I have a number of questions but, perhaps, the first should be a description of the main types of computer software/programs that are used in making art and what these programs actually do (or allow artists to do).
Ah. Well there are many types of applications ... so simple answer is possible. Basically artists seem to decide on what sort of imaging they wish to do ... what kind of product (output) they might wish to produce and then choose accordingly.
For example ... in the realm of printed 'computer graphics' one might want to pursue one of, or a combination of, the following: 2D images that are pixel-based (photo-like), 2D images that are vector based (line, areas and letters), or 3D images (a 'Z' axis is defined that functions as an indicated of deep space). There are many other choices as well but these three would encompass the majority of printed computer graphics. One only has to look at some of the online galleries and/or museums to get a sense of the range of these possibilities.
Second, where are the main opportunities for exhibiting and selling artwork created through a computer? Are there certain annual or bi-annual festivals of this material? Is there a list of galleries online or brick-and-mortar that display this material for sales?
There are many opportunities to exhibit and/or sell digital
art online. For example:
Going to a search engine such as and typing in a search for 'digital+art+galleries' just netted me more than 230,000 sites that I could choose to investigate. Probably not all in one sitting however.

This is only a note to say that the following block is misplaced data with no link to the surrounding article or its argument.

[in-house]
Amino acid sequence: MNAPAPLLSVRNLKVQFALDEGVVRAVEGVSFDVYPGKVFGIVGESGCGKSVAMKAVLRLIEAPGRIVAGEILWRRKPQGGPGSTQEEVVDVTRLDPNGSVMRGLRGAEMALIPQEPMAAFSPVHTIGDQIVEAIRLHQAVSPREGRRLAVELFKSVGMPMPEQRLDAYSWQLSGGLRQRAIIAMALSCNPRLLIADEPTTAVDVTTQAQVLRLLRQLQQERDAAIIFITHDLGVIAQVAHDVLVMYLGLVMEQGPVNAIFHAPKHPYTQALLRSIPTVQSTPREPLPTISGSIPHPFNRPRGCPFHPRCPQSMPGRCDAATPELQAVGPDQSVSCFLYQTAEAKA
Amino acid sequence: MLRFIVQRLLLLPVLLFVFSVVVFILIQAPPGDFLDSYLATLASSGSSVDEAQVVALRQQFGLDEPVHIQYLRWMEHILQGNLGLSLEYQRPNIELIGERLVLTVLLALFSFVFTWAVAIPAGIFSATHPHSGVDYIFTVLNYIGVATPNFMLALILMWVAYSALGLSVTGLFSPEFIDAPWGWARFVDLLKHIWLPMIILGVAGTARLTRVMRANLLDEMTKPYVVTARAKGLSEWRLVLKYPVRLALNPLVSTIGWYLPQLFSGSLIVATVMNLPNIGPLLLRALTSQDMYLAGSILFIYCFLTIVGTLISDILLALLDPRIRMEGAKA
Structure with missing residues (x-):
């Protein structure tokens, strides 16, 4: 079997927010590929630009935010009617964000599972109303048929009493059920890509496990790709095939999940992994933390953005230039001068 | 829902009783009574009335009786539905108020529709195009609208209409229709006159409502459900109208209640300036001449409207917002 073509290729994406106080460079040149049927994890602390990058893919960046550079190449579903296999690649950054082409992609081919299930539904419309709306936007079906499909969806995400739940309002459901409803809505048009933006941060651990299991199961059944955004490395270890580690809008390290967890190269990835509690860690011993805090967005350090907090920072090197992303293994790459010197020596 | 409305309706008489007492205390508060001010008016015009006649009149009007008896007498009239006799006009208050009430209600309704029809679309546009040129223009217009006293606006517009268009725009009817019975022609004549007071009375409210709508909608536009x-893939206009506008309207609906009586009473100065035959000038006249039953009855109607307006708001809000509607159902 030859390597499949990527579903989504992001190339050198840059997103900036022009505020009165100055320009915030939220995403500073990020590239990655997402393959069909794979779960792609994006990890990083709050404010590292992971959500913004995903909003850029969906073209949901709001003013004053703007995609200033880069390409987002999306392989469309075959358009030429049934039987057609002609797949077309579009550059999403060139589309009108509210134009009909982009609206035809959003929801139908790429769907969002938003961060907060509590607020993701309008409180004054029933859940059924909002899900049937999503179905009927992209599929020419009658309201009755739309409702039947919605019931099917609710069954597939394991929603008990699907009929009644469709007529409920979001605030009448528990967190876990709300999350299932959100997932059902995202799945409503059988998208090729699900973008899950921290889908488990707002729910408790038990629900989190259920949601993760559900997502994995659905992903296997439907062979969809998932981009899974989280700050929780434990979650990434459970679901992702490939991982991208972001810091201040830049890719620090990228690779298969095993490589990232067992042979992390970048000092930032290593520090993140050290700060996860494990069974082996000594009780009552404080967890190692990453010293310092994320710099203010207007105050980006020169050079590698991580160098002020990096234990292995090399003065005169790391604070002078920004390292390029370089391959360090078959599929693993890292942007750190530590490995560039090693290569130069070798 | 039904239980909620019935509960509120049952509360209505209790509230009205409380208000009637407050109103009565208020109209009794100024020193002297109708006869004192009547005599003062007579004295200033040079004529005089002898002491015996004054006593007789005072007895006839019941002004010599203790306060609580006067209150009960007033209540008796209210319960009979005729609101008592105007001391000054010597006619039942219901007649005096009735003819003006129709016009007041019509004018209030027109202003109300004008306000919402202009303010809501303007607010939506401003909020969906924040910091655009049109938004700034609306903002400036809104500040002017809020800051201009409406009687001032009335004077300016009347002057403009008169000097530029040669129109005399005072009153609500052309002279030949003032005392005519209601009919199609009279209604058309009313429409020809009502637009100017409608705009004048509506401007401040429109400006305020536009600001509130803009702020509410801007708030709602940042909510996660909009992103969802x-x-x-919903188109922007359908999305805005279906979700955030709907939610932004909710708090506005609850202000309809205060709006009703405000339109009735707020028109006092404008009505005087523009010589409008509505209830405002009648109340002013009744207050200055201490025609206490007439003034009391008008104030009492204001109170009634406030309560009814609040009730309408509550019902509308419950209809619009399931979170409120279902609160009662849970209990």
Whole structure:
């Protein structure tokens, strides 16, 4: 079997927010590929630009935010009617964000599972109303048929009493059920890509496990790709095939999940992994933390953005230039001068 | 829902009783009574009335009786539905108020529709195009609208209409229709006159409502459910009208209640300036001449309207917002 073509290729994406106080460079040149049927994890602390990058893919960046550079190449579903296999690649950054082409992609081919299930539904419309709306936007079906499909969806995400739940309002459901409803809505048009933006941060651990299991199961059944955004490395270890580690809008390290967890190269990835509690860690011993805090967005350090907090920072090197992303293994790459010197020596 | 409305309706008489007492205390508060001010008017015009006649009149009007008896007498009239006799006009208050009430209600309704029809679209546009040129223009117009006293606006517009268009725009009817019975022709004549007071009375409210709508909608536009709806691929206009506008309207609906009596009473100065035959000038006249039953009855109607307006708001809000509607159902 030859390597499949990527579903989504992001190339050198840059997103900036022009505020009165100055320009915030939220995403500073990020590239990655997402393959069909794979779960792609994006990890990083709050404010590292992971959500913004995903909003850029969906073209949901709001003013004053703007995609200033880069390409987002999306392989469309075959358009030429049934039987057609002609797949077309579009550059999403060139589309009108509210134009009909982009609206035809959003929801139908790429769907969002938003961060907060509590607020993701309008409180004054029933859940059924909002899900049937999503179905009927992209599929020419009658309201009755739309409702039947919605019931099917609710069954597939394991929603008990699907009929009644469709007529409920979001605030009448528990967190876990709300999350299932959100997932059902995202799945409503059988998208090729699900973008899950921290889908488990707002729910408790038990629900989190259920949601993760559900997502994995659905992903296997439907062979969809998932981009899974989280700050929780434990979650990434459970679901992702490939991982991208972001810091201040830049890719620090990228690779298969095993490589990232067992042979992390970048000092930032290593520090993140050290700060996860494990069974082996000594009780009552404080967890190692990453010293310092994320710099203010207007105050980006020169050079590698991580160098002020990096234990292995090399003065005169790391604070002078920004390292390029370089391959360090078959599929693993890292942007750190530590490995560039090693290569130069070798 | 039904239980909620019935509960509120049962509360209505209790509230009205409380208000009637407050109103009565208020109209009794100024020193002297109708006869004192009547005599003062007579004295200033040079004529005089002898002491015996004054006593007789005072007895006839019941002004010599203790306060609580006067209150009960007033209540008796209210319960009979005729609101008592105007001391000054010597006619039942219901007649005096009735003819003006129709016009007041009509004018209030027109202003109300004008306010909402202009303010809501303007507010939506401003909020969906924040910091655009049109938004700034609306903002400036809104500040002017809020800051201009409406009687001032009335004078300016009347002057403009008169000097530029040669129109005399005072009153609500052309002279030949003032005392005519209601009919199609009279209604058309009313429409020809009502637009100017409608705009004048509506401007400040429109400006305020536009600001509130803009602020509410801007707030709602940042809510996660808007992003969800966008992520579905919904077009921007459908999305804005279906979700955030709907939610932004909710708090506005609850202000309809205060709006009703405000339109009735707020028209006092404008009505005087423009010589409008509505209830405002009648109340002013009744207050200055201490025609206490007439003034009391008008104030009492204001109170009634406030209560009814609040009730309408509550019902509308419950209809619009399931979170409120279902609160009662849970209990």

Many traditional galleries also carry some images that are labelled 'digital art' although many times these pieces are nothing more than scanned and digitally printed versions of watercolors and/or oils, pastels drawings, etc. These repurposed pieces beg the definition of digital art and are generally not highly regarded by collectors of true digital works. On the other hand, digitally printed photographs from scanned original positives/negatives or digital camera files are often regarded as true digital art prints. The debate will range long and hard about digital 'versus' ... whatever.
Many museums now regularly exhibit and collect digital images produced by, or in collaboration with major artists from the pre- digital era. Such digital works have recently been produced and displayed by Robert Rauschenburg, Jim Dine, David Hockney and others. Many luminaries of the digital arts genre are much less well know to viewers outside those who are focused on the digital arts.
As far as major digital exhibitions go, well there are many
of these. Look at the International Digital Art Awards site out
of Melbourne, Australia. I am a judge for this activity now in
it's second year.
Is there any way to characterize the collectors of this material -- young or old, work in certain fields, live in certain places? Are institutions the main buyers of computer-generated artwork and, if so, does this mean that museums are removed from the interests of their traditional audiences?
I have yet found no way to make sense of the demographics of the digital collector. Most people or galleries that have purchased my work are very progressive. That seems a common thread.
Digital prints can be very pricey and are now able to be produced
in/with methods that are considered archival. There are specialized
digital ateliers that cater to the digital artist:
As a teacher, are there any students who are studying for an art degree and pursuing digital artmaking tools with whom I should speak? Names, telephone numbers.
Certainly. Let me give you some names and email addresses.
Are there associations of digital artists that, like watercolor
societies, for instance, exist to put on shows that draw collectors?